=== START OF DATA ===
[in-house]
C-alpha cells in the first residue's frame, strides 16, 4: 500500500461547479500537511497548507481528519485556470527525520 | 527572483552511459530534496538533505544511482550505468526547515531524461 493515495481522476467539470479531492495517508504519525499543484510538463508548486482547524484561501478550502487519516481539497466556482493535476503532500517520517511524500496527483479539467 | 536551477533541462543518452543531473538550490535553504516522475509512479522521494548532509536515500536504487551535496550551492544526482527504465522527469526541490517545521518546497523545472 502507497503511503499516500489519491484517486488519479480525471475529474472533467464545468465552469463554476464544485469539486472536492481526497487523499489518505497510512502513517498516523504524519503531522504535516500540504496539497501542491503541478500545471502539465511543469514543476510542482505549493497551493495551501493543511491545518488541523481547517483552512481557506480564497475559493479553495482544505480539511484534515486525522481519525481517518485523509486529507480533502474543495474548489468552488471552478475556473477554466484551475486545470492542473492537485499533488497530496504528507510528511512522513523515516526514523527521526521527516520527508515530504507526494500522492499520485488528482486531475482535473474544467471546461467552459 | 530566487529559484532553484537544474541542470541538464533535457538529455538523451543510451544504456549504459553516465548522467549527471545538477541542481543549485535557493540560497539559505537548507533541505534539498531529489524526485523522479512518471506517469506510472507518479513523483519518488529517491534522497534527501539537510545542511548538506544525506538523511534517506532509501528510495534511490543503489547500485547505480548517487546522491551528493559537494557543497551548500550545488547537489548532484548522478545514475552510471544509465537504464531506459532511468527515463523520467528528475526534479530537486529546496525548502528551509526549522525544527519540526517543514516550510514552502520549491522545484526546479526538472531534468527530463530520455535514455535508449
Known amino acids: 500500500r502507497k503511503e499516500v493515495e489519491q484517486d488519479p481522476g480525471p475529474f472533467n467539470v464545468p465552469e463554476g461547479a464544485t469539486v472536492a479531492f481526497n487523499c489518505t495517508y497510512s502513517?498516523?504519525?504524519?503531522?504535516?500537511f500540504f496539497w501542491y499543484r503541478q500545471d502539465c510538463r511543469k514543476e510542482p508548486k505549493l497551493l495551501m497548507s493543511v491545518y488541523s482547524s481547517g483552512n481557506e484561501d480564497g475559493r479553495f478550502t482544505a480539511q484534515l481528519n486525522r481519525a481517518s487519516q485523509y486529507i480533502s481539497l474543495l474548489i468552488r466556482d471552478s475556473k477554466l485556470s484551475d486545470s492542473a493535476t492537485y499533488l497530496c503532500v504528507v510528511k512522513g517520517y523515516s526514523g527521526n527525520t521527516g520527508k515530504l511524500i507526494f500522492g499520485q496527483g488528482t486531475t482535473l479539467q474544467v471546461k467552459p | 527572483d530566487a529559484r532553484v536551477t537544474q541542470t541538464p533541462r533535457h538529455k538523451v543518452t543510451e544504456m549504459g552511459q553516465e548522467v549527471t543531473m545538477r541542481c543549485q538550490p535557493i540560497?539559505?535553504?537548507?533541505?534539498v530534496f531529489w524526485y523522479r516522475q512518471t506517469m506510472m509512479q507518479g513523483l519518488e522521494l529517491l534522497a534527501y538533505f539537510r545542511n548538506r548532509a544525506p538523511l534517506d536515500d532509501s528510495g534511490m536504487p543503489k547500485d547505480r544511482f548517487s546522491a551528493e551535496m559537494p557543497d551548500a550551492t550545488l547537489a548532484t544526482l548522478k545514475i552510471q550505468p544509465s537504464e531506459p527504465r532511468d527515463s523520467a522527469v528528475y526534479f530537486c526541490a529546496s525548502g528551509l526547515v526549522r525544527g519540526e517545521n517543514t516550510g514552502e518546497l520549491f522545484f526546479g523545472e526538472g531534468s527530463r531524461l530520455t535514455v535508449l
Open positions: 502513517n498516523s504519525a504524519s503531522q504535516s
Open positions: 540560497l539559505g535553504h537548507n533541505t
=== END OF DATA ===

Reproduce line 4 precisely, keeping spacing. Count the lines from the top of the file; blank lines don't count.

Open positions: 502513517n498516523s504519525a504524519s503531522q504535516s